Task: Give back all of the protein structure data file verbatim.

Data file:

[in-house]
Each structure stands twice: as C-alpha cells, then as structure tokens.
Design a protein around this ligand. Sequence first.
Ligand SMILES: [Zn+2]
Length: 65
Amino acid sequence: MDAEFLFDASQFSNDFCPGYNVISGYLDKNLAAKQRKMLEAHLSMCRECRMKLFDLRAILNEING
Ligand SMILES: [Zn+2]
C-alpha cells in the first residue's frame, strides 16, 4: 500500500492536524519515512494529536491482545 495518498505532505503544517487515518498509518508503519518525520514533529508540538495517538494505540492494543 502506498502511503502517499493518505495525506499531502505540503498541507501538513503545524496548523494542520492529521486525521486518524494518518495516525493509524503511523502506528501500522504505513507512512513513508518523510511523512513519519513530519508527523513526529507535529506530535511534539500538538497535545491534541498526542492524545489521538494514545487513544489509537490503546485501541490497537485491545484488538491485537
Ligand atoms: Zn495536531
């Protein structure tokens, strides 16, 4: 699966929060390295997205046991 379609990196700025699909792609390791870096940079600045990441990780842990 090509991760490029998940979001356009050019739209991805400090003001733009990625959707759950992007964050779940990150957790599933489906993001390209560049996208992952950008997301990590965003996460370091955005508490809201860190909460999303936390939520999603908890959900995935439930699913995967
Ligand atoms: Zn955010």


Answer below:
[in-house]
Each structure stands twice: as C-alpha cells, then as structure tokens.
Design a protein around this ligand. Sequence first.
Ligand SMILES: [Zn+2]
Length: 65
Amino acid sequence: MDAEFLFDASQFSNDFCPGYNVISGYLDKNLAAKQRKMLEAHLSMCRECRMKLFDLRAILNEING
Ligand SMILES: [Zn+2]
C-alpha cells in the first residue's frame, strides 16, 4: 500500500492536524519515512494529536491482545 495518498505532505503544517487515518498509518508503519518525520514533529508540538495517538494505540492494543 502506498502511503502517499493518505495525506499531502505540503498541507501538513503545524496548523494542520492529521486525521486518524494518518495516525493509524503511523502506528501500522504505513507512512513513508518523510511523512513519519513530519508527523513526529507535529506530535511534539500538538497535545491534541498526542492524545489521538494514545487513544489509537490503546485501541490497537485491545484488538491485537
Ligand atoms: Zn495536531
């Protein structure tokens, strides 16, 4: 699966929060390295997205046991 379609990196700025699909792609390791870096940079600045990441990780842990 090509991760490029998940979001356009050019739209991805400090003001733009990625959707759950992007964050779940990150957790599933489906993001390209560049996208992952950008997301990590965003996460370091955005508490809201860190909460999303936390939520999603908890959900995935439930699913995967
Ligand atoms: Zn955010």